From a societal perspective therefore, the socially optimal price of the good should be zero, since the marginal cost of the good is zero.

Non-rivalry does not lead to zero price.

Because students often gloss over the details when studying Economics (I was guilty of that too), they tend to associate both non-excludability and non-rivalry as combined factors that result in zero price.

This is not true.

To understand why, we first note that goods need not be simultaneously non-excludable and non-rivalrous. In particular, let’s first explore goods that are excludable, but non-rivalrous (a.k.a club goods).

Assuming away congestion as a troublesome possibility, examples of such goods include cable TV, toll roads and even international treaties such as NATO.

As analysed earlier, non-excludability results in free ridership, which causes demand, and hence the market price, to be zero.

But things are less straightforward with non-rivalry.

As we saw earlier, non-rivalry causes the marginal cost of the product to be zero. Most of us should be familiar with its implication – the supply curve for the product should then be zero (and price too, by extension).

Yet, we observe that such goods often come with prices attached: Cable TV isn’t free of charge; toll roads are self-explanatory; and Donald Trump frequently calls out as NATO “too expensive”.

So what is going on?

Remember how we had earlier equated the marginal cost of producing a product to be the supplier’s supply curve?

Actually, it is more accurate if we look from the perspective of society, and qualify that the marginal cost of producing a product as borne by society.

Because it turns out that suppliers can apply a relatively novel concept (to traditional Economics, but absolutely common sense for many of us) called “Artificial Scarcity“.

Without boring you to death with details, it essentially explains that suppliers charge a price, because they can (since the products are excludable).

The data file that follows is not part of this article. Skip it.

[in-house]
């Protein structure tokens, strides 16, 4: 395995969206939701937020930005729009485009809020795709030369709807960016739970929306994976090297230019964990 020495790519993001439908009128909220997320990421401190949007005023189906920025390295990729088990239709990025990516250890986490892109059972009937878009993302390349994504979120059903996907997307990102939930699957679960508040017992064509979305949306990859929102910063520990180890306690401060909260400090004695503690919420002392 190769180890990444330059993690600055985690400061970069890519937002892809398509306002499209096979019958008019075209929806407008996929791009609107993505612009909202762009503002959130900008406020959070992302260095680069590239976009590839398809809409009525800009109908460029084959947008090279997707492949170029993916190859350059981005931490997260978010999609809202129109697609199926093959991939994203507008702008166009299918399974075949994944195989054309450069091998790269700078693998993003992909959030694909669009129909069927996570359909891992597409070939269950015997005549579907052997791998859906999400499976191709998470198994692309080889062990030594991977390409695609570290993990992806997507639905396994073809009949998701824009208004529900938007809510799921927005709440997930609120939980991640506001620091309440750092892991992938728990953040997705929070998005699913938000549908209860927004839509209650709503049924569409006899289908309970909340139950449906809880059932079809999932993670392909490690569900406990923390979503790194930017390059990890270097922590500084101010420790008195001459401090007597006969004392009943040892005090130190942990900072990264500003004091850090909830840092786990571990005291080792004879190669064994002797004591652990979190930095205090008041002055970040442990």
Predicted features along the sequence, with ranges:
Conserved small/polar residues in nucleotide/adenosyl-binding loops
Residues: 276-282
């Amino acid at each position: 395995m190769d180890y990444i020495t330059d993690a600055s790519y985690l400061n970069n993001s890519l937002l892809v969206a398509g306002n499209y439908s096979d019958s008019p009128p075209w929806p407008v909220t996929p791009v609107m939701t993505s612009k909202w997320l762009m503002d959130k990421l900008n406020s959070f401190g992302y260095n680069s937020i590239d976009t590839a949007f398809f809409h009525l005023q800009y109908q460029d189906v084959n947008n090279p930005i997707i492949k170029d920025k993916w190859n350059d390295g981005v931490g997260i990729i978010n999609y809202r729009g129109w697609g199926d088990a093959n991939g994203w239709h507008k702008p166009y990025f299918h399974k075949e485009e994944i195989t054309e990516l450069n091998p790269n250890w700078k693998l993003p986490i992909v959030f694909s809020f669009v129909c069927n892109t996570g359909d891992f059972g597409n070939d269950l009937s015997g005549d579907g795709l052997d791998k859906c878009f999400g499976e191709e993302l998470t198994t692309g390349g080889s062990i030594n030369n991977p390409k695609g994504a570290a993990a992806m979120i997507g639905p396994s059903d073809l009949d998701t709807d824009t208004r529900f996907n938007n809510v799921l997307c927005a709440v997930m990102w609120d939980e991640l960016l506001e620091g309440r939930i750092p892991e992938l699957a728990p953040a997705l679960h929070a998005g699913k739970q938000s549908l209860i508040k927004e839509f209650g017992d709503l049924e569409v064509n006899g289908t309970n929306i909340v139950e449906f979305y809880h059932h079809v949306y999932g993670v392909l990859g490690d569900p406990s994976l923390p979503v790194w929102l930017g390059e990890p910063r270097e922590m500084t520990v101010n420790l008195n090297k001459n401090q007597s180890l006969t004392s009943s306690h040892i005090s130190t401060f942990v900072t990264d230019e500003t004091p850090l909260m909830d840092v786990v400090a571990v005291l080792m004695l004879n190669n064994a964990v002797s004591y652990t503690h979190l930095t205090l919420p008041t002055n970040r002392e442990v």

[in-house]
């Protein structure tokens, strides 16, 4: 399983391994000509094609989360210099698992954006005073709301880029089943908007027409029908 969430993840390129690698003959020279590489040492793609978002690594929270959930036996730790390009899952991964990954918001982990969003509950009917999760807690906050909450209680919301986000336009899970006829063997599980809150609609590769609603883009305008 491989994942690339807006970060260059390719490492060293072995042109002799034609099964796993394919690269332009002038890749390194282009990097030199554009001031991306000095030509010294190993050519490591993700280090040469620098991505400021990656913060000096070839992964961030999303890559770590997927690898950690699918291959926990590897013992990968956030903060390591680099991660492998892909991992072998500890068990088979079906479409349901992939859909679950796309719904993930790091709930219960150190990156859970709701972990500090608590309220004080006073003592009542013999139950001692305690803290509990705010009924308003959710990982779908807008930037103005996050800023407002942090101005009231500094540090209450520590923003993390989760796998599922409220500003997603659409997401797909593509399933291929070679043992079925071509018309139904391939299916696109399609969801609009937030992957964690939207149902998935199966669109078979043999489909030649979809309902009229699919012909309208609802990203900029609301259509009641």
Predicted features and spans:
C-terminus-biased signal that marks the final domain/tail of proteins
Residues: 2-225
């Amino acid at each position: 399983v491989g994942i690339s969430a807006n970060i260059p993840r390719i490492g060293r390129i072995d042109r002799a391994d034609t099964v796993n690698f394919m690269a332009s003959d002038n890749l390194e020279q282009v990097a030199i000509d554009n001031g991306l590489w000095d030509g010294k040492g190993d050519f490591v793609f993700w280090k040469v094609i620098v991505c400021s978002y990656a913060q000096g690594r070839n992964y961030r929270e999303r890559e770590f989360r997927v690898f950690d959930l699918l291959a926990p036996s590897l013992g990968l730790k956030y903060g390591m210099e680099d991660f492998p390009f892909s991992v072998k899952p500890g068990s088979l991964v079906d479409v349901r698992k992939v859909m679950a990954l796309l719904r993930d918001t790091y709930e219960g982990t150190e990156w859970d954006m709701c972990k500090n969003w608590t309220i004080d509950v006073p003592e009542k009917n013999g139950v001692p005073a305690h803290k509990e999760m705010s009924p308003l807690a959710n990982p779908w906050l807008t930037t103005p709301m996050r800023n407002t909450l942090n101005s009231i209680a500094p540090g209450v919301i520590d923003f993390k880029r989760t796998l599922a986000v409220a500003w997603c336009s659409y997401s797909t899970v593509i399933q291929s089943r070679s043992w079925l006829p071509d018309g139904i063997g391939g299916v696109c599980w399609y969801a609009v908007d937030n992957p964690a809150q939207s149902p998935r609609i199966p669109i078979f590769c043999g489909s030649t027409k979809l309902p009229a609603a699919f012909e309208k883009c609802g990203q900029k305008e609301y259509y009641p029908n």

Non-rivalry, rather, implies that the socially optimal price for the product is zero.

This is an important distinction – students should be aware that non-rivalry is not the reason behind prices in public goods being zero. Non-excludability is the actual culprit.

Instead, non-rivalry causes the societal marginal cost for the product to be zero, implying that the socially optimal price for the product should be zero.

To go further, in the absence of government provisions, the presence of non-rivalrous products will therefore lead to allocative inefficiencies, since:

  1. At the socially optimal price of zero, the free market will not produce these goods anyway;
  2. If the free market does produce, the price is unlikely to be zero, which implies artificial scarcity.

In summary.

Non-excludability causes free-ridership, causing prices to be zero since the expressed demand is zero.

Non-rivalry causes the marginal cost to be zero, causing the socially optimal price to be zero, necessitating government intervention to ensure allocative efficiency.

The combination of both factors ensures that public goods always cause market failure and there is need for government intervention for socially optimal outcomes.

Being precise in the explanation pays dividends and if you have learnt something from it…

Lend your support!

I hope that you have enjoyed reading this article of mine. I am giving my time to sharing my knowledge and every bit of support means a lot to me! Do drop me a comment or share this article on social media with your friends.

To find out more about my services as a JC Economics tutor, visit my website here.

1 thought on “Why Non-Rivalry in Public Goods does not Lead to Zero Price